Blockbuster losing fight for consumer?
Studios finally seem to be accepting that the online rental through download and streaming is a great way to beat piracy and move with the times (see this previous Filmstalker article), however today we're hearing that one studio is still fighting the consumer demand, and the rental service that is standing up for that very demand.
Blockbuster have seen the demand for rentals earlier than the studios want to allow, they have a twenty-eight day sales window and Blockbuster have ignored it.
While I'm not going to paint it as a good versus evil fight since it's far more complex than that and in the end the companies are all about making money, this does affect the end consumer like you and I, and it's important to know how you are being marketed to and what the studios are trying to make you do.
In this case it's see the film, buy the DVD or Blu-ray and then go and rent it, and they want to enforce that by not allowing any overlap of those sales and ensuring that if you really want to see, own and/or rent it, you only get one choice at a time.
Twenty eight days by the way is four weeks. Not too long to wait, and perhaps not too unreasonable a requirement from the studios. However Blockbuster saw the demand and decided not to follow the window.
According to The Guardian they allowed retail copies of Horrible Bosses and The Green Lantern to be rented within that industry wide window, something that Warner Bros. have been quick to pick up on and deal with.
As punishment the studio have refused to give Blockbuster The Hangover Part II and Harry Potter and the Deathly Hallows Part II for rental.
An interesting statistic in the article points out that the sale of films on physical media fell by nineteen percent in the first quarter of the year, and while there's no figure for online streaming it's clear that services such as LOVEFiLM are on the increase in households. Studios could contest that the profit and subscriber loss shown by Netflix is a mark against the online rental, but I wouldn't hold out on that one, Netflix is coming to the UK and Ireland next year and they'll be gaining people galore.
Warner Bros. are having none of it though, and next year they want to increase the sales window, which is in place for rental both online and offline, according to an interview in the Financial Times by the president of Warner Bros home entertainment, Kevin Tsujihara.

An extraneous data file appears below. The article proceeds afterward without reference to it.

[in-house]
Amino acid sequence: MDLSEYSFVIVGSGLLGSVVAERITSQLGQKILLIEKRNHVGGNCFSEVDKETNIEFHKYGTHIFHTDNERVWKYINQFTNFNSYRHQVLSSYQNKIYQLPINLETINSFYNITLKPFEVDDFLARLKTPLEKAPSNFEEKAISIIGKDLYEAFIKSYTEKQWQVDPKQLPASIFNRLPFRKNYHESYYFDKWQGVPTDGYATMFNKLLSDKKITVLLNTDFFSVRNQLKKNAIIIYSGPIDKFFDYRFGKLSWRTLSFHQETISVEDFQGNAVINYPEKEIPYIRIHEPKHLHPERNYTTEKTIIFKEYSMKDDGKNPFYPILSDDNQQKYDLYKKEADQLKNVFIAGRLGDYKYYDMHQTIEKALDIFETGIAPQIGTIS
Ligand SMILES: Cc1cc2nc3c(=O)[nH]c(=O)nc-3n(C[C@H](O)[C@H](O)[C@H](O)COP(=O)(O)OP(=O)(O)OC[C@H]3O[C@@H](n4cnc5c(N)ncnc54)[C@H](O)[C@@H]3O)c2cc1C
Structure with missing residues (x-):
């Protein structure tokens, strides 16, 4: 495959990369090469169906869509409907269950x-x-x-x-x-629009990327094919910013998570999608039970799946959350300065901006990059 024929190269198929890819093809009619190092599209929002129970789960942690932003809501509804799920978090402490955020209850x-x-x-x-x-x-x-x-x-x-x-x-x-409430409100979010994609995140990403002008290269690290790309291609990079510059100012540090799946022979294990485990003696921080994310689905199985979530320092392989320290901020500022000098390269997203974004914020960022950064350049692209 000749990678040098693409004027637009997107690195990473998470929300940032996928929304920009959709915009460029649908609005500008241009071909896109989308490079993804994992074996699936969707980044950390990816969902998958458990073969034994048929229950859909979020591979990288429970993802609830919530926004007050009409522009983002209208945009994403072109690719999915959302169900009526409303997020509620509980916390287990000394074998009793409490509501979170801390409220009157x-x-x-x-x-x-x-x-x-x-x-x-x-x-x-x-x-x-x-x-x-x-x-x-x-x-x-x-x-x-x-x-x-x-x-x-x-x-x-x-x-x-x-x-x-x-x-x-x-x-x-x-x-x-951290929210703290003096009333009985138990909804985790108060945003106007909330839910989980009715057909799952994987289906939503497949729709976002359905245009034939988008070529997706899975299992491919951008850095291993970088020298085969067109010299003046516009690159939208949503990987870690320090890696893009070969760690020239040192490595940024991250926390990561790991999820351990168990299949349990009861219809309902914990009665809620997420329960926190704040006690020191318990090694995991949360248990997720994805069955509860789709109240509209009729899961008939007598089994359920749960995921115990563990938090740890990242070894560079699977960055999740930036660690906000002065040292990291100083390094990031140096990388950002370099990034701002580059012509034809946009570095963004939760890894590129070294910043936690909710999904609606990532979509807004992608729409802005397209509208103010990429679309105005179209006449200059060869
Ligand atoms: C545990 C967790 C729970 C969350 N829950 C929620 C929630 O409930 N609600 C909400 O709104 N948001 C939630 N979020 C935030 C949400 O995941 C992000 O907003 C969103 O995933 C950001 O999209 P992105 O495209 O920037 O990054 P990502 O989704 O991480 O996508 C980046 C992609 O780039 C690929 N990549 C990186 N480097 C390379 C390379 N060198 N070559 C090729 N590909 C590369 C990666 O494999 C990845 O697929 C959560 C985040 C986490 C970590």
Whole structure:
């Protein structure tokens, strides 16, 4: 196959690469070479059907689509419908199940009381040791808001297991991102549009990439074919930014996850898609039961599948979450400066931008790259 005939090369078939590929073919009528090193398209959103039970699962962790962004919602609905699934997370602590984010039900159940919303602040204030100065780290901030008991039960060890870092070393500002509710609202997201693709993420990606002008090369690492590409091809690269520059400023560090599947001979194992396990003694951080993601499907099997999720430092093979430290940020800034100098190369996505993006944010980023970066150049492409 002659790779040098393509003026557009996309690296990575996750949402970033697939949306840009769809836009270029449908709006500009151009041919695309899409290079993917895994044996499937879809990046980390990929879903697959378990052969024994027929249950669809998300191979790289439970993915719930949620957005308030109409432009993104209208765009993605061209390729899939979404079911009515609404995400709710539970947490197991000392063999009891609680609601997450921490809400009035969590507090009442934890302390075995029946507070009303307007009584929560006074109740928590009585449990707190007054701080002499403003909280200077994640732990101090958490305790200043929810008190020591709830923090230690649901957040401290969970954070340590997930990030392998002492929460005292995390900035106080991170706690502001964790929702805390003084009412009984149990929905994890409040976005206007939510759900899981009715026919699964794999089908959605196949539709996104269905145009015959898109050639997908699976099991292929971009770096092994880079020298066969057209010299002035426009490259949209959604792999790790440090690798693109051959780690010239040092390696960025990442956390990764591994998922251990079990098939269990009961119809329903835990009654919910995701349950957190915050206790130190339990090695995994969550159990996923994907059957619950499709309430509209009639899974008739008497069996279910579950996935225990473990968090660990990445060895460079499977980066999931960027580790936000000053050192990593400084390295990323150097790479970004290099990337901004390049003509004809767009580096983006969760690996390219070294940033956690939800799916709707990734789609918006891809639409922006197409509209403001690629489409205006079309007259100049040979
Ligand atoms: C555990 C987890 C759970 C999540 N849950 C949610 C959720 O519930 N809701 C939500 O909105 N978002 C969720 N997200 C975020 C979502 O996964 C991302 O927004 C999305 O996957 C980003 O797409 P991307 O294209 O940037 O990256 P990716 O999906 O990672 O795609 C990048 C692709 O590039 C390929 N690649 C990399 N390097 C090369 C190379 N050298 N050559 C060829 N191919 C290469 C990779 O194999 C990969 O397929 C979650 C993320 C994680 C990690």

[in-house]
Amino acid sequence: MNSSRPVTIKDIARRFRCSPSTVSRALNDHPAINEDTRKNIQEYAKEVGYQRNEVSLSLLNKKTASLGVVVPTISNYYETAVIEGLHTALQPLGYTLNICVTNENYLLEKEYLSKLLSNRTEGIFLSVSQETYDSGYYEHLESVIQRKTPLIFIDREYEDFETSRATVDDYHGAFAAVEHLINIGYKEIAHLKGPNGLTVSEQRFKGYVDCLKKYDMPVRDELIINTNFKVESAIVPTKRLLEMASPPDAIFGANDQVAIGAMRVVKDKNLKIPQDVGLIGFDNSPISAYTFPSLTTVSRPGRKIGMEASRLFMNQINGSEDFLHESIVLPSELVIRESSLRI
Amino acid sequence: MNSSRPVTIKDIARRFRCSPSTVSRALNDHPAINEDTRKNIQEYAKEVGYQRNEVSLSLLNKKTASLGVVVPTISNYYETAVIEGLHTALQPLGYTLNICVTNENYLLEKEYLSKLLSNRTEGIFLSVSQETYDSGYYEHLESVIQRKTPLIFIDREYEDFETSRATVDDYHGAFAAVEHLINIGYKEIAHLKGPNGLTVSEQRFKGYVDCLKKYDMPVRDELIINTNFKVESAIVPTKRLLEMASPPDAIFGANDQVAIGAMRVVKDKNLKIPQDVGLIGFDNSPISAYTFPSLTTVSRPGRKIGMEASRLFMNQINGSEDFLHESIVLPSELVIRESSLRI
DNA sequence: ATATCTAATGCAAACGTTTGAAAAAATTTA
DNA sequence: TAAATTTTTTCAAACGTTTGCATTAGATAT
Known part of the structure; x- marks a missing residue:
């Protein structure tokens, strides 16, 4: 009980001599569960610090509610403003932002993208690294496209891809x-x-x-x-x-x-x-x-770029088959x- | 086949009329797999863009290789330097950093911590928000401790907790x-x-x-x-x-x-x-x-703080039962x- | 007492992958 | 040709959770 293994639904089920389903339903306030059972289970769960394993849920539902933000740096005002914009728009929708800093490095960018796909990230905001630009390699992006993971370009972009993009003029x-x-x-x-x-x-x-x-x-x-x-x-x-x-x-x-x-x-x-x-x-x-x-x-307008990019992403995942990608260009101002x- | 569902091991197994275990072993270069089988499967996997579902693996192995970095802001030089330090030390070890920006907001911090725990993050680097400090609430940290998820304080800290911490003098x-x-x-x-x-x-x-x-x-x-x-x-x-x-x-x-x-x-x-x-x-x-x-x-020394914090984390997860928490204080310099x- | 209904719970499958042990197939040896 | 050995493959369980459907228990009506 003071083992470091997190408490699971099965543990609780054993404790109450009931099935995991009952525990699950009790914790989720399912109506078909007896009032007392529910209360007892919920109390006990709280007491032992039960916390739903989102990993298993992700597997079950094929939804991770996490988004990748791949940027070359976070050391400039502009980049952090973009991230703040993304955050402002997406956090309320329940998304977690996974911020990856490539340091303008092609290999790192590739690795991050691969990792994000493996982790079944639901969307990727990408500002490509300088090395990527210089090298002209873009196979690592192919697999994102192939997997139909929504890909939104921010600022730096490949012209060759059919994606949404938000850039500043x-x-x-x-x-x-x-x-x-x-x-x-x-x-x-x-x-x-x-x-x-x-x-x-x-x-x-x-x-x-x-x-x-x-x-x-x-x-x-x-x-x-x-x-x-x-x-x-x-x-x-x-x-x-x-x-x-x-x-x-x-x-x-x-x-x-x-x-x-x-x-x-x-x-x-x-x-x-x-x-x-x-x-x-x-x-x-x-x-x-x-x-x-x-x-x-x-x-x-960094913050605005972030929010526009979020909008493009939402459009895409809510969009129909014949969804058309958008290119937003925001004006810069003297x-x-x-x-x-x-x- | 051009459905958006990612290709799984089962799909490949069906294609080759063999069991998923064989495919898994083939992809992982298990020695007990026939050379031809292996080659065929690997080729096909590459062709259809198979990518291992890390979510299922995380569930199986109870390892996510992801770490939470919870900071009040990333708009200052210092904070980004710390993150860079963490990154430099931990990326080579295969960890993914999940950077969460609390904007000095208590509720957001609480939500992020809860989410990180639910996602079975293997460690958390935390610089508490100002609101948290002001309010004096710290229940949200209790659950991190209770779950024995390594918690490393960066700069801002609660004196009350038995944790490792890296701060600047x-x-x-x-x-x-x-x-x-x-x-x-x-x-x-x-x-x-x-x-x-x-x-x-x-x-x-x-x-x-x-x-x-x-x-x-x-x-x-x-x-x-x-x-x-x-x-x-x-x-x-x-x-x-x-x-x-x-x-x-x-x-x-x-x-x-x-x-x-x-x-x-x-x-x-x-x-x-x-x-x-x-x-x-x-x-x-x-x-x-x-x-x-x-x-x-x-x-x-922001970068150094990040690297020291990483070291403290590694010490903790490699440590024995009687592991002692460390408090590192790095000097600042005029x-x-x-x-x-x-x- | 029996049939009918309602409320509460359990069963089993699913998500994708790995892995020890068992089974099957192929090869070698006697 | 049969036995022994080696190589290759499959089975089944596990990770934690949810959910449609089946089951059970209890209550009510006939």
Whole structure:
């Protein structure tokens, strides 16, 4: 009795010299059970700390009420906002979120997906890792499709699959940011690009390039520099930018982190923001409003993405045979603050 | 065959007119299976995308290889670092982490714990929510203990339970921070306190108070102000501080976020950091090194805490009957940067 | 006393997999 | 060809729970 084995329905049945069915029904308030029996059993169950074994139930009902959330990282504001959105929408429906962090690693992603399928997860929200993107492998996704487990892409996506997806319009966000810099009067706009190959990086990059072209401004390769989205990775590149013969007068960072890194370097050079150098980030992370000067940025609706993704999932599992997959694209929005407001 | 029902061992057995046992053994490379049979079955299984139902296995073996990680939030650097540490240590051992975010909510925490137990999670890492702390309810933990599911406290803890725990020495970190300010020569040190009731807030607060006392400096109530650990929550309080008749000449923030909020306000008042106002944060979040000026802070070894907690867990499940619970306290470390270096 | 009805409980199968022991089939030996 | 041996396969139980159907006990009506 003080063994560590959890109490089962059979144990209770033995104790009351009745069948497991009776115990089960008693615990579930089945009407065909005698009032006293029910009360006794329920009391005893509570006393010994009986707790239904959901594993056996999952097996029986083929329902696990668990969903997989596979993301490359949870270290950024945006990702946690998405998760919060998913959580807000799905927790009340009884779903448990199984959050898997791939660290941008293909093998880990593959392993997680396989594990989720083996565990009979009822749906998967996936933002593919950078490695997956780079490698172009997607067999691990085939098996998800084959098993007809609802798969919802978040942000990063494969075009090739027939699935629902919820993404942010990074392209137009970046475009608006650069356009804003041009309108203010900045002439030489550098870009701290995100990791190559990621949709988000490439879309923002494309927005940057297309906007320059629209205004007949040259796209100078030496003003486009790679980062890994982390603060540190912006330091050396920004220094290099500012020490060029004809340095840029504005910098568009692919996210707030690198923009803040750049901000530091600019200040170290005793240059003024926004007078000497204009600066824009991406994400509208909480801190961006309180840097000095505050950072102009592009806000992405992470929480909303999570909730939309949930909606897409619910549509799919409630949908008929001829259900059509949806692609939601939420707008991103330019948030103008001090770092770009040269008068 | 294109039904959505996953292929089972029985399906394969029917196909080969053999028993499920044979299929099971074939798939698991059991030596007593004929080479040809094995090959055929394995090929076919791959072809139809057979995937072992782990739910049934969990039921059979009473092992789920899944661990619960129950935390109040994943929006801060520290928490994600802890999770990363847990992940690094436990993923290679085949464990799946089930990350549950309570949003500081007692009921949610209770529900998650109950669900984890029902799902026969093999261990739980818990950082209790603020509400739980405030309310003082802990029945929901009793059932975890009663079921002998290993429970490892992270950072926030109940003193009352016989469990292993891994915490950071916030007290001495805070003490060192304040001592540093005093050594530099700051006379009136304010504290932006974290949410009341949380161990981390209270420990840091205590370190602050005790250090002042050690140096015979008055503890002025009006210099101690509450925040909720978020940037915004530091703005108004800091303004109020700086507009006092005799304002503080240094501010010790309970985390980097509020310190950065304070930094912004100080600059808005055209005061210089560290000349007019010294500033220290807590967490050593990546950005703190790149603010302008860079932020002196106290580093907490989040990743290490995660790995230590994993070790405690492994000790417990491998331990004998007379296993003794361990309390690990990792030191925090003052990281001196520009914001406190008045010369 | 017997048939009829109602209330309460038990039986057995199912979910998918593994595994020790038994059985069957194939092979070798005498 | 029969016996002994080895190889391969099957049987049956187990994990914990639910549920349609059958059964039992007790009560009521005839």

"The Netflix and Redbox deals are going to be expiring at the end of the year and beginning of next year and it's likely we will try to extend those windows..."
He also says that Blockbuster went around them rather than work with them, but that I assume he means agree to their terms, something that I'm sure would automatically tie them into an expanded sales window for next year.
"The question is: how do we make ownership more valuable and attractive? We have started the process of creating a window in bricks-and-mortar DVD and Blu-ray rental."
How is that an attraction to the consumer? That's not an attraction, that's enforcement. Forcing people into something is not the same as offering them an attractive product. Making sure they can only buy your product and that there is no alternative does not suddenly make Horrible Bosses or The Green Lantern an amazing film with a fabulous Blu-ray of extras.
Aren't we coming back to the point of it all again? Why are people going to buy something to keep? Well if it's good they will, if it's going to be watched again they will, otherwise they can just watch it when they like through rental. If the product is good people will buy it to keep, if it's worth it.
What does that mean? A good film and a good dose of extras to keep people engaged, not forcing people to wait weeks and months to be able to rent a film and see if you can grind them down to buying it instead. Think about the customer, isn't that a maxim in business?